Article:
I hope you all had a great weekend. I did, except for the fact that poor little Arleen came back with a horrible sunburn. She can’t even wear clothes, and I’ve been dousing her in aloe vera 24/7. Do you remember your first serious sunburn when you couldn’t even get under the sheets? Poor baby.
Time to pick your brains, peeps. Sometimes I think my posts are too long, but I want feedback from you. Would you mind taking this quick poll?
Speaking of which, here’s one that’s a little long!
Me: Hi there, Ms. Kimberly.
Kim: How are you?
Me: Good, and how are you feeling, today?
Kim: Good. Can you see me and hear me okay? My Internet is so shitty right now.
Me: No, so far, so good!
Kim: All right, good. I’m going to turn my Internet off on my phone and we’re good. I’m feeling better today.
She had just gotten kicked out of her church of over 20 years because of her channeling.
Me: Good. I hope so. I think we’re going to talk about a topic that I know I need help with, and if Erik agrees—Hi, sweetie, by the way!
Erik: Yeah, we could all use a little lesson today.
He blows me kisses.
Erik: Hey, Mom. What’s up?
Me: Not much. This is one of the things I have the worst time with and that is letting go, surrendering, accepting. To me, that’s like saying, “Don’t think about a pink elephant.” ‘Oh, well all right.’ And—
Kim: Boom, there it is.
Me: There it is. The pink elephant. So maybe you can talk to us first about why it’s so important and then ways in which we can do it.
Erik: There are many ways we can pick this apart.
Kim: He’s showing himself dissecting, pulling things apart.
Erik: If we want to understand how to let go of something or how to surrender, we have to understand ourselves first. So we have to dissect ourselves.
Kim (laughing): He’s funny. He’s going like this with his hands. (She taps her chest.) Sometimes his mannerisms are really intentional and sometimes they’re really sloppy! It’s funny.
Erik: I want to talk about the self and how to truly let go of something, someone must understand how they identify with it first. No matter what it is or what you look at, if you identify with something or define yourself by something, there’s an attachment there. Let’s talk about the definition, first. If you define yourself by something with some sort of label, obviously that’s an attachment, and it’s going to be harder to let go. Let’s take a relationship status. If you define yourself as married, you’ve created an identity that way. You’ve created a self, which is fine because that’s what we’re here for, but to move on from something or to let go, we have to then be able to shed that layer. We have to know how we’ve defined ourselves by it in order to undefine or detach. So, let’s say you’ve been in this longstanding relationship and then it doesn’t work out and you get divorced. You might be trying to figure out, “How do I move forward? How do I let go? It just sucks.” You have to look at the way that you identified yourself as an individual in that relationship. Did you create a dependency on that person as a companion, or did you uphold your own companionship with yourself? Can you be your own companion?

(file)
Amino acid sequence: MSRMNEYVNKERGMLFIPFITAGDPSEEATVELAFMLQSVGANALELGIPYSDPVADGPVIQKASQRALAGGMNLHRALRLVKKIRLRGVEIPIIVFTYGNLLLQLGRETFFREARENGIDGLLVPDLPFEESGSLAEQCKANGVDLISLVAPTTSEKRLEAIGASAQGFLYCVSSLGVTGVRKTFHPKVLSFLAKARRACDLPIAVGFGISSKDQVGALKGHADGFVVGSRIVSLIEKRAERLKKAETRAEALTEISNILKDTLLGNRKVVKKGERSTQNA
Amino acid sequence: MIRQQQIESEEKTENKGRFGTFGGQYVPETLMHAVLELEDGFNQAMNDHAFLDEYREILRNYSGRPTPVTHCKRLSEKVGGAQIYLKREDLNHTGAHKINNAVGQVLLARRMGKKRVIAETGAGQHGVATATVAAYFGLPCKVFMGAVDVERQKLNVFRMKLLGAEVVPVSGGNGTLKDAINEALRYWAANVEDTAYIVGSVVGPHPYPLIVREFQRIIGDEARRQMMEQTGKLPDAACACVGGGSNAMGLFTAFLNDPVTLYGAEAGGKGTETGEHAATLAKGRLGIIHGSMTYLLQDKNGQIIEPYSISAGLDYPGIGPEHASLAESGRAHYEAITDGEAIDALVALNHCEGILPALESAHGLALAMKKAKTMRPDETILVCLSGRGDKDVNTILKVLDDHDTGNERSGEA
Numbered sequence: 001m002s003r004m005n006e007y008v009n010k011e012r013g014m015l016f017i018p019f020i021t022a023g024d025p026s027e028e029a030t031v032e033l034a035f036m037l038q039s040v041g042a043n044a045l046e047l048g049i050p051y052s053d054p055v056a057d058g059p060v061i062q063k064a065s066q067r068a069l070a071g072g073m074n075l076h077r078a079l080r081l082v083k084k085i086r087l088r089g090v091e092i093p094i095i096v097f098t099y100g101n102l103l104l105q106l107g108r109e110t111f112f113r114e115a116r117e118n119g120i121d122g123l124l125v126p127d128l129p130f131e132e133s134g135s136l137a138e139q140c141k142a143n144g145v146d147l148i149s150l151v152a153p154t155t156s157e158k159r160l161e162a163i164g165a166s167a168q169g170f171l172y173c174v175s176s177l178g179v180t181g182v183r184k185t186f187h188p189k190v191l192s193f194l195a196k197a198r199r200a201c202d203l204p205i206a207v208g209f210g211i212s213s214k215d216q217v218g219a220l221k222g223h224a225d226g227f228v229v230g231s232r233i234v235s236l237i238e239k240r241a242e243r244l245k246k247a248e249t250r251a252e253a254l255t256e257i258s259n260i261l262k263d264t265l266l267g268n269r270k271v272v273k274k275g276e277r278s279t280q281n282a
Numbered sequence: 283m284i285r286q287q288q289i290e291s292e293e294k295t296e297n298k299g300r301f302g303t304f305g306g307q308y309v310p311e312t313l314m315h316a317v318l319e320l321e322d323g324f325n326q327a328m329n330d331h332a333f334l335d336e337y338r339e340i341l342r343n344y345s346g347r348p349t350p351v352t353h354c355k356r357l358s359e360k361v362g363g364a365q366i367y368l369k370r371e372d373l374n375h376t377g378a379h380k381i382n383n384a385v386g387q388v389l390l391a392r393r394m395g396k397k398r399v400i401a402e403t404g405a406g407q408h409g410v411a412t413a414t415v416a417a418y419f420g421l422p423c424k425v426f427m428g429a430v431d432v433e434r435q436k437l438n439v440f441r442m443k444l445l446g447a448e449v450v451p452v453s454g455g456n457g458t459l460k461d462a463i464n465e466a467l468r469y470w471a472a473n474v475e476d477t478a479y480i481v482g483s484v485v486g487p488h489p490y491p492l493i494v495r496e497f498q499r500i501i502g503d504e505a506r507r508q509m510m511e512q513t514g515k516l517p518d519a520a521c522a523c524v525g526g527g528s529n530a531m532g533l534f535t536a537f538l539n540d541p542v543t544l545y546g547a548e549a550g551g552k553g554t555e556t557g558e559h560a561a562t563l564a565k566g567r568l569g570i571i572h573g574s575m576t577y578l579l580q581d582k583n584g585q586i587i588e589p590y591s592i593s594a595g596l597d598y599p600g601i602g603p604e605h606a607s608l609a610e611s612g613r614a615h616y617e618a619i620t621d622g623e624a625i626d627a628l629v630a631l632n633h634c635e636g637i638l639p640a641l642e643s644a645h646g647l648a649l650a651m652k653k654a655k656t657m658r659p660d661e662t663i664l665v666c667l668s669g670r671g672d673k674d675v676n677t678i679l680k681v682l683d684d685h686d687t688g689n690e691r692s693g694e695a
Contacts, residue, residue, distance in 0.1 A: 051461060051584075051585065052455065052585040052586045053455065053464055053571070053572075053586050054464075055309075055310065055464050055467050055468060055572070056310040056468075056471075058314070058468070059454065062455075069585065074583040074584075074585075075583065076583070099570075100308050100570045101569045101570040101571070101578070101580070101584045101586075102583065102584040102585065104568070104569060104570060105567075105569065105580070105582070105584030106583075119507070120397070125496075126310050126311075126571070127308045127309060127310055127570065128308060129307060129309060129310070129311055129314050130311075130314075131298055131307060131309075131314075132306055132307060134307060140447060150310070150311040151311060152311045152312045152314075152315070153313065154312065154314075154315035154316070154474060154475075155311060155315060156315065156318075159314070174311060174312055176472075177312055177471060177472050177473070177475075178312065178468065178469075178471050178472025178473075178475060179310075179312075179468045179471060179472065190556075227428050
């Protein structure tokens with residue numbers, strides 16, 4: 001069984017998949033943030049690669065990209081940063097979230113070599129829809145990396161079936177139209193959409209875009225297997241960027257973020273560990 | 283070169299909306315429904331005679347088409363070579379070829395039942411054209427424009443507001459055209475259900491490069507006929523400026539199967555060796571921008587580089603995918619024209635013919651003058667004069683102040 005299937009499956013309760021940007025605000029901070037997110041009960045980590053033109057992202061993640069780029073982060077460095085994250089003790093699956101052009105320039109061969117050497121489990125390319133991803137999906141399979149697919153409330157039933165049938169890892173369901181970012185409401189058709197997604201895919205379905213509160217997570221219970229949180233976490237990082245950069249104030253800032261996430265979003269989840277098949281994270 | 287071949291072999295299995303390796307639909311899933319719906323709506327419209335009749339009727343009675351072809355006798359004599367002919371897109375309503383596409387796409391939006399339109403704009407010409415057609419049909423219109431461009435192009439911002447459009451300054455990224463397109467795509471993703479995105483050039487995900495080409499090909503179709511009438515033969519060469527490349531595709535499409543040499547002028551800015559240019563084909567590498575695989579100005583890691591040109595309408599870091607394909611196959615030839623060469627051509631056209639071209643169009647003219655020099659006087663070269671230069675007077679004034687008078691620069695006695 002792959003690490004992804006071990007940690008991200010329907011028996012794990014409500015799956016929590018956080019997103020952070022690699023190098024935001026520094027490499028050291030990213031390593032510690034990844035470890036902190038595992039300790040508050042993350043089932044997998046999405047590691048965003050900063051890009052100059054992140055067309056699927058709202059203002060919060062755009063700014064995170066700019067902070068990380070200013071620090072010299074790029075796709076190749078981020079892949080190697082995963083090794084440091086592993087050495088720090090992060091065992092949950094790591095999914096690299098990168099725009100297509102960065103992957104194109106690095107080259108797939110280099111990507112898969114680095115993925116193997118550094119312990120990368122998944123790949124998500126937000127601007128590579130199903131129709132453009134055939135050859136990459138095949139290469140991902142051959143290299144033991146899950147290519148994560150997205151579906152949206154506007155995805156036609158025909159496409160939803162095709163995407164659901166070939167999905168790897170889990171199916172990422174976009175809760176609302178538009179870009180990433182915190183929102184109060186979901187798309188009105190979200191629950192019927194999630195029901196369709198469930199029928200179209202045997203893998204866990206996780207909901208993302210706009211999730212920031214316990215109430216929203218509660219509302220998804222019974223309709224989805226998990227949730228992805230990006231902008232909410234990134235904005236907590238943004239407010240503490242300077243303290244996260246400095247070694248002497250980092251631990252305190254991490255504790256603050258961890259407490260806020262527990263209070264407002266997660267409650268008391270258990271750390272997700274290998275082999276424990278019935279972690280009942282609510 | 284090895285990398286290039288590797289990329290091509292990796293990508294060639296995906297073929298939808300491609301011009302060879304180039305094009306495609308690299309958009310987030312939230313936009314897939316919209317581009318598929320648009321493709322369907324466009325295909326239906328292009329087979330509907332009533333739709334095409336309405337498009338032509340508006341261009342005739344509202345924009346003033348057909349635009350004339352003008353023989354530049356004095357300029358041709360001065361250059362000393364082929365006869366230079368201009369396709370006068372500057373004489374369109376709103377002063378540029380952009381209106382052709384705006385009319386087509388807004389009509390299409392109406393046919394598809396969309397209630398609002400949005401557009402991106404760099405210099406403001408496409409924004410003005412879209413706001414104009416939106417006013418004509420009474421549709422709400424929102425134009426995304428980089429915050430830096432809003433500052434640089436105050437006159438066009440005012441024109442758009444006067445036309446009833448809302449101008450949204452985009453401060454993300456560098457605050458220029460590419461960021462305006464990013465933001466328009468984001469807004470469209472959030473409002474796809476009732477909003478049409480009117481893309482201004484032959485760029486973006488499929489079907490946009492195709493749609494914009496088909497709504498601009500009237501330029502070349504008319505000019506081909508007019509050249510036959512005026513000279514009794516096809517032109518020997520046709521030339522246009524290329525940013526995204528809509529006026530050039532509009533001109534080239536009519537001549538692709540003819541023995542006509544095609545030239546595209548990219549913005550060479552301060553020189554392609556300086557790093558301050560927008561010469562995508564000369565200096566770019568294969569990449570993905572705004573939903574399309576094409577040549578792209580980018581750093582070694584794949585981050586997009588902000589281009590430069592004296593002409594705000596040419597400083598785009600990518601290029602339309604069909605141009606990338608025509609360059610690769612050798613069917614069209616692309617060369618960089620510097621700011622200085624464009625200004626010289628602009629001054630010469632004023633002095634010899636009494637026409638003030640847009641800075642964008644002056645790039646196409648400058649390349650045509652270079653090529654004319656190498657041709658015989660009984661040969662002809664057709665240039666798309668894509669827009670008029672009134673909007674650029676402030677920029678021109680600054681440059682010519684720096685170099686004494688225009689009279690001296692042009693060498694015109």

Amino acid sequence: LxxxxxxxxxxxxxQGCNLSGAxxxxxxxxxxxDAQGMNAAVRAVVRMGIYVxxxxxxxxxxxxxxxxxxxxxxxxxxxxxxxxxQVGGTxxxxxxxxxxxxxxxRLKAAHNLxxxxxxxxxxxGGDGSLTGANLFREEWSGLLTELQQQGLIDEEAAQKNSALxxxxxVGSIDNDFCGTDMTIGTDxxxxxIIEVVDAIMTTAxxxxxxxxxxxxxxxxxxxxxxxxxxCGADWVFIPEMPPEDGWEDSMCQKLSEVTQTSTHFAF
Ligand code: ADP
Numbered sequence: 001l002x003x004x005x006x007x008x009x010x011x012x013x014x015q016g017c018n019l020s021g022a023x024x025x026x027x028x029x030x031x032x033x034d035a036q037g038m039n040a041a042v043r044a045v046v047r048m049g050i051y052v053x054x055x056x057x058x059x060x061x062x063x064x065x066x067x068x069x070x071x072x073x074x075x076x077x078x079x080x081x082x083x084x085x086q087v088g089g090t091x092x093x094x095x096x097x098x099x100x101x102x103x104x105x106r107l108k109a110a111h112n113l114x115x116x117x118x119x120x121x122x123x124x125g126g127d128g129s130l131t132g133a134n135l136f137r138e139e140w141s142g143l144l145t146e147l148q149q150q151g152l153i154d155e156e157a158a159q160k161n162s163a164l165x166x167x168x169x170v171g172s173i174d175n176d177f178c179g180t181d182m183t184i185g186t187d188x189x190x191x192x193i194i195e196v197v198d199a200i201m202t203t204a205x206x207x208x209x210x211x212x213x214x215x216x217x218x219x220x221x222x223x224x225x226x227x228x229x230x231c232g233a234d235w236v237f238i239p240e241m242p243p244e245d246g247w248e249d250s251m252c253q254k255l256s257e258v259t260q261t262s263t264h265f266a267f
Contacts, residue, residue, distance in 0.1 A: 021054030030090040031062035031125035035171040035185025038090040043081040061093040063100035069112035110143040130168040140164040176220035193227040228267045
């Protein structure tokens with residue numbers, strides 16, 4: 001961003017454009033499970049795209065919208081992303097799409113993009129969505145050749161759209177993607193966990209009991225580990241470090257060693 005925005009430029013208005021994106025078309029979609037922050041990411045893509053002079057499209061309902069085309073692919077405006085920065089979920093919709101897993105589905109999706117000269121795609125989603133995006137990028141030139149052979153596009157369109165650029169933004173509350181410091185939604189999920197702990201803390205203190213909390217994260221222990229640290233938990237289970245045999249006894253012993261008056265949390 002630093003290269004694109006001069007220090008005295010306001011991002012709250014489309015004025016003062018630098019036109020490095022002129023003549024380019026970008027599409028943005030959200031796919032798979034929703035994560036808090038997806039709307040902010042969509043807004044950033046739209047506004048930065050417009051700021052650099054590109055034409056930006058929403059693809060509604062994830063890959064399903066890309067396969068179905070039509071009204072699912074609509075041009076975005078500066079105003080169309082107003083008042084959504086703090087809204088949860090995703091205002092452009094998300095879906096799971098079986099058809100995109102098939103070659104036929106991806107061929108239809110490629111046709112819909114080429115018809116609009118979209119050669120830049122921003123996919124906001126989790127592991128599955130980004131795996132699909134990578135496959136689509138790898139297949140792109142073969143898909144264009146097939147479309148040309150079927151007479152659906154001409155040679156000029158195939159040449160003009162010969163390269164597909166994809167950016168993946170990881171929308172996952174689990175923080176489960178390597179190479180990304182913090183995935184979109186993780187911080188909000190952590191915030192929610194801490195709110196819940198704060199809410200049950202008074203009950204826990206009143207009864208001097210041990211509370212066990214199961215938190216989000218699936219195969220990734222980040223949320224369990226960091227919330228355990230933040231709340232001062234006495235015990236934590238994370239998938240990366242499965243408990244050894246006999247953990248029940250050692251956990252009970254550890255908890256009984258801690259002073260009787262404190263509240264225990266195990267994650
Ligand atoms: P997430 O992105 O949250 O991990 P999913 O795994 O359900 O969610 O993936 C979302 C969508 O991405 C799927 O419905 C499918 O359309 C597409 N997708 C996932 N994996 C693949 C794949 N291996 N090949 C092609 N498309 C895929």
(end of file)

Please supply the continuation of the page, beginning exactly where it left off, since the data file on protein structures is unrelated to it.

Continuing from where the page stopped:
Me: Yeah, are you a standalone model?
Erik: Yeah, a lot of times, Mom, especially in relationships and in religion, too, people lose their true identity in those things. They lose their sense of self.
Kim: He was actually talking about this with a client the other day, and he was actually conveying sadness.
Erik: People forfeit their discernment, their own personal sense of self among different circumstances, and that’s really sad because then they get so affected by the world that they don’t know who they are. Then all kinds of other things happen. So if you want to really surrender, it’s not just about letting go. It’s about being mindful about how you’ve identified with something and how you’ve let that something define you.
Kim: Like yesterday, I know I shared with you that my church pretty much kicked me out. Certain religions don’t appreciate what I do for a living. I kind of saw it coming, but I don’t know, it just hit me weird.
She was really bummed.
Kim: So I talked with Erik and said, ‘Ah, I’m in this funk and I hate when I get in that energetically. What do I do? What am I supposed to think of this’ And he said, “Well, that’s your first mistake, thinking that you have to “do” so just “be” with it. And then he started to tell me, “Unravel the ways that you’ve identified with that religion and how you’ve allowed that certain religion to define you. Now you know you know yourself outside of that religion, so why does it hurt to let that go?” So basically, he was really helping me see how thick that attachment was, how deep that attachment was. It was like ripping off a Band-Aid that was ingrown and under the skin! I didn’t realize that I was that attached.